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For the second week of aspirating, you can begin eating foods that need just a little chewing. This includes very well cooked vegetables, or fruit that is chopped to the size of a pencil eraser or smaller. You can also eat ground meats and soft fish such as salmon or tilapia. With these foods, meals should still aspirate very easily. If you find that aspirating is more difficult now and you start to get clogging, you will need to chew your food more carefully and choose foods that require less chewing. Make sure that everything you swallow is smaller than a pencil eraser (this is about the same size as the tube). This means that it may take you more time to eat a meal, which is a great step towards healthy and mindful eating. Use this time to focus on chewing and making sure that you’re drinking plenty of water during each meal to help flush the food out. Drinking plenty of water between meals is also helpful to keep you hydrated and avoid snacking.
When you first begin to aspirate, you will need to learn to chew your food extremely carefully to get the food to fit through the tube. This is a habit that will take some effort to change, because you will have to eat your food much more slowly than before. You will also need to drink at least one 16-oz glass of water with every meal, to help the flow of stomach contents through the tube.
For the first week that you begin aspirating, start with foods that do not need chewing. This might be mashed or pureed foods that are smooth consistency. You can use a food processor or blender to get foods to be smooth. With these foods, meals should aspirate very easily. Use this week to learn how to use the device, clean it, and create a daily routine around aspiration.
Your First Aspiration
The First Day
When your physician determines that your stoma has healed enough, about one to two weeks after your procedure, it's time to start aspirating! Before your first aspiration, the tubes and lanyard will be cut to the right length by your doctor or nurse. This helps make the device comfortable for you to use and keeps the drain tube from touching the water in the toilet. After the device has been fitted for you, your healthcare team will show you the parts of the device and how it works.You'll do your first aspiration at your doctor's office, to make sure you're comfortable with the system. You'll be given a small, soft meal like yogurt or soft granola bars which should aspirate easily. Avoid eating hard-to-chew foods within 3 hours of this appointment, as it may cause the device to clog while you're learning how to use it. Remember that there's a learning curve with using the device. Be patient with yourself as you learn your new way of eating (slowly!) and get used to the AspireAssist device. Be sure to follow the dietary suggestions for Weeks 1 and 2, and check out the videos section of this app for tips and tricks on aspirating.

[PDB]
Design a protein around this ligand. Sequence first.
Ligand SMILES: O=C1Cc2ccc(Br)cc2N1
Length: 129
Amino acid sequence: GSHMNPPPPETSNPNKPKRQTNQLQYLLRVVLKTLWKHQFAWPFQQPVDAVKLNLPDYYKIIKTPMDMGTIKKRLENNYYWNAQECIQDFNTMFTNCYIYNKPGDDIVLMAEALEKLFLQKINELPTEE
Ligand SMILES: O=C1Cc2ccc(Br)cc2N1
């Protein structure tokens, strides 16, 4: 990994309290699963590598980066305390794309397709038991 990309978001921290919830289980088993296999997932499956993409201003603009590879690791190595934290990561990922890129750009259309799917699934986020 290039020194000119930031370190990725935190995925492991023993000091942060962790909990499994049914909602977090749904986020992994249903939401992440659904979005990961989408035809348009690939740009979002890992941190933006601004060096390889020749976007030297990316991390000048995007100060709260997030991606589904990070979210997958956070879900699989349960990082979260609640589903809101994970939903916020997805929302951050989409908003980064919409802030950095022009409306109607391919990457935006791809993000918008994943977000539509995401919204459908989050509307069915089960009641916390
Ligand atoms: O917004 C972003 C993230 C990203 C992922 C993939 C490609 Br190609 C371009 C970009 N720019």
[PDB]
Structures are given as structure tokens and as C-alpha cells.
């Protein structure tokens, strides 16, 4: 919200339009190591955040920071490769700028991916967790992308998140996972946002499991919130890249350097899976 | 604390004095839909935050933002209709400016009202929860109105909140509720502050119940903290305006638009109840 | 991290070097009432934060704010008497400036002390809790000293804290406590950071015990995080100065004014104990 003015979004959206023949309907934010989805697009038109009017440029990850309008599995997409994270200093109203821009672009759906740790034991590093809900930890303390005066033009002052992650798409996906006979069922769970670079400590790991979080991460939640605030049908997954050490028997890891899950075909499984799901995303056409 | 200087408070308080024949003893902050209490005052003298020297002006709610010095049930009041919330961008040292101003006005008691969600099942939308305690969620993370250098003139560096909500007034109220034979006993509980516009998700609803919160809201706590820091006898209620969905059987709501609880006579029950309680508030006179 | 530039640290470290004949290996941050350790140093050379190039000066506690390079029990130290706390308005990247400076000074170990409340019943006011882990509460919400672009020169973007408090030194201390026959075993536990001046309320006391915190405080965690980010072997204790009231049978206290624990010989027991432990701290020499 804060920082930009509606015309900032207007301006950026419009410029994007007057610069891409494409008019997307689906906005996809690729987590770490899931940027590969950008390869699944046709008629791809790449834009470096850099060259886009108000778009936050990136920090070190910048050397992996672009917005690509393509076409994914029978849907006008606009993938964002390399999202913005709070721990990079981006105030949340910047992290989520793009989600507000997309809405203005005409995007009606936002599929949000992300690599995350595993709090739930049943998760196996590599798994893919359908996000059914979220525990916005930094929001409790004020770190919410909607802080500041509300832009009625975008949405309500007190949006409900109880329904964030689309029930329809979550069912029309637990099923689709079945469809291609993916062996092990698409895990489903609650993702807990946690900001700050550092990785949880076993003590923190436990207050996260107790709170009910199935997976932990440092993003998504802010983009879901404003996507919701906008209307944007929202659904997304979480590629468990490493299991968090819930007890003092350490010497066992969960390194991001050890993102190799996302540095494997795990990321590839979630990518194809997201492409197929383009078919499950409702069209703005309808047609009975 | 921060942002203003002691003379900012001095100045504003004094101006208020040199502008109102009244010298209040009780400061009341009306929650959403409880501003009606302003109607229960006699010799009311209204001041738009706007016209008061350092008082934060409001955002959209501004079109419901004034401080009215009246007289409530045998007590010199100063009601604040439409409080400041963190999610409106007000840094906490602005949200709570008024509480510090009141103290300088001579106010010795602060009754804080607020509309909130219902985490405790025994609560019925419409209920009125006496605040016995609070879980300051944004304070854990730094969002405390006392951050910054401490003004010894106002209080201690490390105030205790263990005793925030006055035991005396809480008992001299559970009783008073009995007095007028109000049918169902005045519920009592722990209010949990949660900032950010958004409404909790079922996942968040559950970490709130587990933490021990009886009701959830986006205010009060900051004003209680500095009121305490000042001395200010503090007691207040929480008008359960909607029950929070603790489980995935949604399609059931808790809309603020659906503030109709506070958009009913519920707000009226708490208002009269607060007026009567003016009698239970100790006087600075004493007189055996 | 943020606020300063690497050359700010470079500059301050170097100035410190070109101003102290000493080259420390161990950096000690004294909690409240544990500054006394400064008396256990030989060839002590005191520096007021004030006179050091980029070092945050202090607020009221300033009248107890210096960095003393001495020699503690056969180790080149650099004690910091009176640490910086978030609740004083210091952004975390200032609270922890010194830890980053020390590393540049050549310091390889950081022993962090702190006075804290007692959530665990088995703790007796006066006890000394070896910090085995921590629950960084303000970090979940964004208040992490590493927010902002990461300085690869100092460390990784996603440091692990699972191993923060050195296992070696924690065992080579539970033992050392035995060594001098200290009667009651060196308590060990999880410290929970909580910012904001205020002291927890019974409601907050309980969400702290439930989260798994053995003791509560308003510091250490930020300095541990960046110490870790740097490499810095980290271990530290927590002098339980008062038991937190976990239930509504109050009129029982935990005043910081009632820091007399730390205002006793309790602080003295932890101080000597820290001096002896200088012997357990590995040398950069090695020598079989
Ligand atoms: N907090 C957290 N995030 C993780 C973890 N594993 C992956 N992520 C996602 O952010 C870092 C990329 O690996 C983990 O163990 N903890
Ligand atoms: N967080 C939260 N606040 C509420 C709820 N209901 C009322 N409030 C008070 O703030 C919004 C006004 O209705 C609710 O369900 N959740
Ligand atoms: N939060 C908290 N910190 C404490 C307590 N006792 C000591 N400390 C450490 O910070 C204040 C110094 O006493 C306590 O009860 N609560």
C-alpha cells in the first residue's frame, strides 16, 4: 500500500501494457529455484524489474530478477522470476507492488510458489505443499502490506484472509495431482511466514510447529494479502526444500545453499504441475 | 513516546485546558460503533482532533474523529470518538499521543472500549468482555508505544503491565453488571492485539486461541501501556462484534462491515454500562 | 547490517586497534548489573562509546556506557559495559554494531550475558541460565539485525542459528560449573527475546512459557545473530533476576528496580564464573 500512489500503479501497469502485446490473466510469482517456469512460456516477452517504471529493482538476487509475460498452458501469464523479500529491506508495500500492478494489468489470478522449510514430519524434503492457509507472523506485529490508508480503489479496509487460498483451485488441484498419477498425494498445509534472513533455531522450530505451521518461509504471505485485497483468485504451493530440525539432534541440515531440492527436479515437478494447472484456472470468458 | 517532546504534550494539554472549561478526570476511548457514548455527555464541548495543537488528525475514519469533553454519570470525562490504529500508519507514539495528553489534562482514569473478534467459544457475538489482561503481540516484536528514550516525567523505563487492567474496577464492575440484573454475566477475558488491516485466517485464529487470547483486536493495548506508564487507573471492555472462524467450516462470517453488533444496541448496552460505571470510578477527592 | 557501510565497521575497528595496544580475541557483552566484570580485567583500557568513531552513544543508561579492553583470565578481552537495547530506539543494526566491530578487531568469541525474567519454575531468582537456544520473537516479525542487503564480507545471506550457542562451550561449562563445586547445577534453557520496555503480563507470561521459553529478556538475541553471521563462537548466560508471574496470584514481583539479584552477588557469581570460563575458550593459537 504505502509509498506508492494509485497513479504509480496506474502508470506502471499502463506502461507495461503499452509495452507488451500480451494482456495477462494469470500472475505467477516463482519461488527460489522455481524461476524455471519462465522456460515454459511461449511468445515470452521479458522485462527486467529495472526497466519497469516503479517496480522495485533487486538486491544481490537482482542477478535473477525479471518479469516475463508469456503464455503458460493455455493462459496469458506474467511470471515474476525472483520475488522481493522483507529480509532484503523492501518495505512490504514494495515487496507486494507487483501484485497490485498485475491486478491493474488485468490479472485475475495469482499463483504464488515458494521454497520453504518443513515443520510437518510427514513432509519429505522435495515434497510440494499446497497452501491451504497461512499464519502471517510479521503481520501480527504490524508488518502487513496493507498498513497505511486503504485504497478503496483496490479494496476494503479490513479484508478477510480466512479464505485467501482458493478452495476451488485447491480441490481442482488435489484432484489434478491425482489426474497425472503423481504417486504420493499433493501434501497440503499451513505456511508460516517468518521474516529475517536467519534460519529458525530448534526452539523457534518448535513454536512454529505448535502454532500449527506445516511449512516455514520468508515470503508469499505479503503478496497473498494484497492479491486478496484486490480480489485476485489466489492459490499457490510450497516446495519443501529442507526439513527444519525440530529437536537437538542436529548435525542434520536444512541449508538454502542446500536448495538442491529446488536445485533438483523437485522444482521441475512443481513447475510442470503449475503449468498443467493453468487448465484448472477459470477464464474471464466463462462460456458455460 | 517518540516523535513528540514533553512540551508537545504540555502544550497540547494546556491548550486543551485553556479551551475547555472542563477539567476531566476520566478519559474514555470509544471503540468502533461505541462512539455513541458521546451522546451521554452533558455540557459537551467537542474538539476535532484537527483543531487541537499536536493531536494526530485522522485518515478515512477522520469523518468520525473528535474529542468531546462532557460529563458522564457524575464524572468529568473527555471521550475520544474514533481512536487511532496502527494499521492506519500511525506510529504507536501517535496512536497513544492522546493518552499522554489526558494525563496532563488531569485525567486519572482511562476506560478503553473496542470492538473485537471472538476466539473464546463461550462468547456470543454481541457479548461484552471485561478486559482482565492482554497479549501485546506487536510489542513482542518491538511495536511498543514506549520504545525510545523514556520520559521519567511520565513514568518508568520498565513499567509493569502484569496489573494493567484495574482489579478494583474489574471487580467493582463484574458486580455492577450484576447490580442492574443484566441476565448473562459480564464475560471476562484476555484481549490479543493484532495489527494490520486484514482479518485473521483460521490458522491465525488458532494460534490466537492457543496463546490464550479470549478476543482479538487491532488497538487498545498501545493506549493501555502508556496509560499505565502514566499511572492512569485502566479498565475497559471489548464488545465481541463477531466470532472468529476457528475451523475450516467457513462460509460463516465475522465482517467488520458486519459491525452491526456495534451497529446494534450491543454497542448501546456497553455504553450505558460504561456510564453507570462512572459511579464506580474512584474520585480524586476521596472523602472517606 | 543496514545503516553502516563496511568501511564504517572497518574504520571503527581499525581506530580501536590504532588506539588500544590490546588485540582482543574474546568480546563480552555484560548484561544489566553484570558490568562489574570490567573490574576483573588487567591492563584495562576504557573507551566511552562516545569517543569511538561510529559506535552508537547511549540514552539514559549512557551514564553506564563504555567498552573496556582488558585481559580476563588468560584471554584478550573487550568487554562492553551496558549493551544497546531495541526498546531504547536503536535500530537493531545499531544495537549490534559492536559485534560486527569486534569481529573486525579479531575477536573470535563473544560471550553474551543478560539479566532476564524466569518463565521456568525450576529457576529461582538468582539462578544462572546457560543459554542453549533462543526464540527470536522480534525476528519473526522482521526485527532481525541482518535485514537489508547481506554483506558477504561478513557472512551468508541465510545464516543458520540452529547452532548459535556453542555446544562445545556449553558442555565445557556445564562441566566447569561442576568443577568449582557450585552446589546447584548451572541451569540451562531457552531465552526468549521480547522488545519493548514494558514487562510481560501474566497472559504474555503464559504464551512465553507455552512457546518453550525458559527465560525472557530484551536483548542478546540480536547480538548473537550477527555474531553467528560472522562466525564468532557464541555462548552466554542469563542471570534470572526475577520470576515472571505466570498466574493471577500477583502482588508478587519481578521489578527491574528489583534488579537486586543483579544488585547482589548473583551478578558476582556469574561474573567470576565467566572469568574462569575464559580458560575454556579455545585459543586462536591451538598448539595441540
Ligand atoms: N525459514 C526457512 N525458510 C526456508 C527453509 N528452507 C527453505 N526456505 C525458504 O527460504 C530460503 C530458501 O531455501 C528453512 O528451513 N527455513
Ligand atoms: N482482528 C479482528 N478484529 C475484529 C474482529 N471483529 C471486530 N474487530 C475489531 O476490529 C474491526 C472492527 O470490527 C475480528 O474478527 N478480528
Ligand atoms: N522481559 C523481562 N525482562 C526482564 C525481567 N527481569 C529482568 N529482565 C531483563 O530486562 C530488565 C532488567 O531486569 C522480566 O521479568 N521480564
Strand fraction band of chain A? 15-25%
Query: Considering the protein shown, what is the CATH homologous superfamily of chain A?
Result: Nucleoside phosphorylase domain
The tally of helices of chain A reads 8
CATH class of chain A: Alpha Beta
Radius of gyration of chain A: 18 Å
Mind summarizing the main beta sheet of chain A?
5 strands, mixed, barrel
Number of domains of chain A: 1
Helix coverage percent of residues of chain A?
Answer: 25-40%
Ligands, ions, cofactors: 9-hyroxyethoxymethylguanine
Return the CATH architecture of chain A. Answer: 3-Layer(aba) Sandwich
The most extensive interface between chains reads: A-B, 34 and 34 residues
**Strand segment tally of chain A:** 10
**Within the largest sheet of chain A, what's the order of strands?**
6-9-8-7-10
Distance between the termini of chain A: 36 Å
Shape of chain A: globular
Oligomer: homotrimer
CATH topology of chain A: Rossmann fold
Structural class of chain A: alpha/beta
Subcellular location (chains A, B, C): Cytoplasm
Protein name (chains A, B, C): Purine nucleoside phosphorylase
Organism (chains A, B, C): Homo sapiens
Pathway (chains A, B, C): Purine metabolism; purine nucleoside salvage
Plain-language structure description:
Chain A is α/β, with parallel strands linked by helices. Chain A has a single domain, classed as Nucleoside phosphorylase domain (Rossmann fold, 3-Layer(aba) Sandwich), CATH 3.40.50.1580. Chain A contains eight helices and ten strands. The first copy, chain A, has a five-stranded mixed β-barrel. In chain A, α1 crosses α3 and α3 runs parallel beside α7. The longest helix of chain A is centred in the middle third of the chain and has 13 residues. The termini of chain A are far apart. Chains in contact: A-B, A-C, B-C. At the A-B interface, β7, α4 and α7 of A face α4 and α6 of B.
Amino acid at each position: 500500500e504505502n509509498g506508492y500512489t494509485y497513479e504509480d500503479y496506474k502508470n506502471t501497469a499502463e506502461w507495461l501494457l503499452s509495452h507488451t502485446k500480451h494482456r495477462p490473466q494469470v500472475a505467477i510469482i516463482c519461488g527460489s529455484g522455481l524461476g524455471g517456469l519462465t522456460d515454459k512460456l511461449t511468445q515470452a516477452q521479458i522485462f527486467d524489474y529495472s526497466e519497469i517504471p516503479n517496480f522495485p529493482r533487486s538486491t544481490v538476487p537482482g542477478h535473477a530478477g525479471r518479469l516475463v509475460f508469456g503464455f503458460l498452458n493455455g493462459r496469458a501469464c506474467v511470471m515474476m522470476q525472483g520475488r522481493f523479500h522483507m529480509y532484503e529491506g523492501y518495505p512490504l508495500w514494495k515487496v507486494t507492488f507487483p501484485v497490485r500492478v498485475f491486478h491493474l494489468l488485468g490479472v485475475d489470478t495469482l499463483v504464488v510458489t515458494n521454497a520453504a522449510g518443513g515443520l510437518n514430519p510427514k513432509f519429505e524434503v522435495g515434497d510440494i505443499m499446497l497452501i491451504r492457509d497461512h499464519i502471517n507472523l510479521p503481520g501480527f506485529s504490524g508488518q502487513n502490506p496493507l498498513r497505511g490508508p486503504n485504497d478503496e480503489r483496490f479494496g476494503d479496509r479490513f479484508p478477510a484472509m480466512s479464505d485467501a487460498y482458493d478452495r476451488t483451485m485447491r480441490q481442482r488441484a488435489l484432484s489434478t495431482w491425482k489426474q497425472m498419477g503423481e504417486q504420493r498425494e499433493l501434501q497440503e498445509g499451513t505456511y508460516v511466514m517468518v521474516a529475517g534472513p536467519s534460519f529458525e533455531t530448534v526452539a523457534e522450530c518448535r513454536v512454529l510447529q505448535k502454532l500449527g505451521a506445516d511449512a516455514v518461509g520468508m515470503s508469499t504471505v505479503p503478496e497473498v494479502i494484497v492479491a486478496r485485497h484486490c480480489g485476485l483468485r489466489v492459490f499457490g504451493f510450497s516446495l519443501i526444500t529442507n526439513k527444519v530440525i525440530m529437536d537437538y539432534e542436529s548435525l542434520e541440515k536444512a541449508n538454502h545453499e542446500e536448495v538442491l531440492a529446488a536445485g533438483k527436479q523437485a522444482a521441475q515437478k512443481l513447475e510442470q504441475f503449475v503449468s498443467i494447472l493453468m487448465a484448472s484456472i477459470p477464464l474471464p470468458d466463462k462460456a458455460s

Congratulations on beginning your weight loss journey with the AspireAssist! If you’re like other AspireAssist patients, you’ve tried many diets that haven’t worked for you long-term. The AspireAssist is different. It will take real time and effort, but if you follow a few basic principles such as chewing well, drinking plenty of water and aspirating, it can be the helping hand you need to reach life-changing weight loss and have a healthier lifestyle. We are here to help if you have any questions or concerns along the way!
After Your Procedure
After the procedure, you will have a long tube coming out of your abdomen. The new opening in your abdomen where the A-Tube is placed is called a stoma. This tube will be held onto your abdomen with tape to keep it in place while the stoma heals. The tube will be shortened to the surface of your skin about a week after the procedure. You will be given antibiotics and pain medications to take for several days after the procedure. You should plan to take it easy during this time while you recover. Most patients can return to normal activities within two to three days, but some patients take up to a week or more to feel better.
Although the procedure is minimally-invasive, many patients have pain or discomfort afterwards. You may take acetaminophen (Tylenol) as prescribed. If needed, a prescription pain medication can help make you more comfortable during your recovery.
Warning: Do not use non-steroidal anti-inflammatory drugs (NSAIDS) such as aspirin, ibuprofen (Advil and Motrin), and naproxen sodium (Aleve). Because an incision was made to create the stoma for the A-Tube there is some potential for bleeding if these NSAIDS are used during the first few days.
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Website : https://www.aspirebariatrics.com
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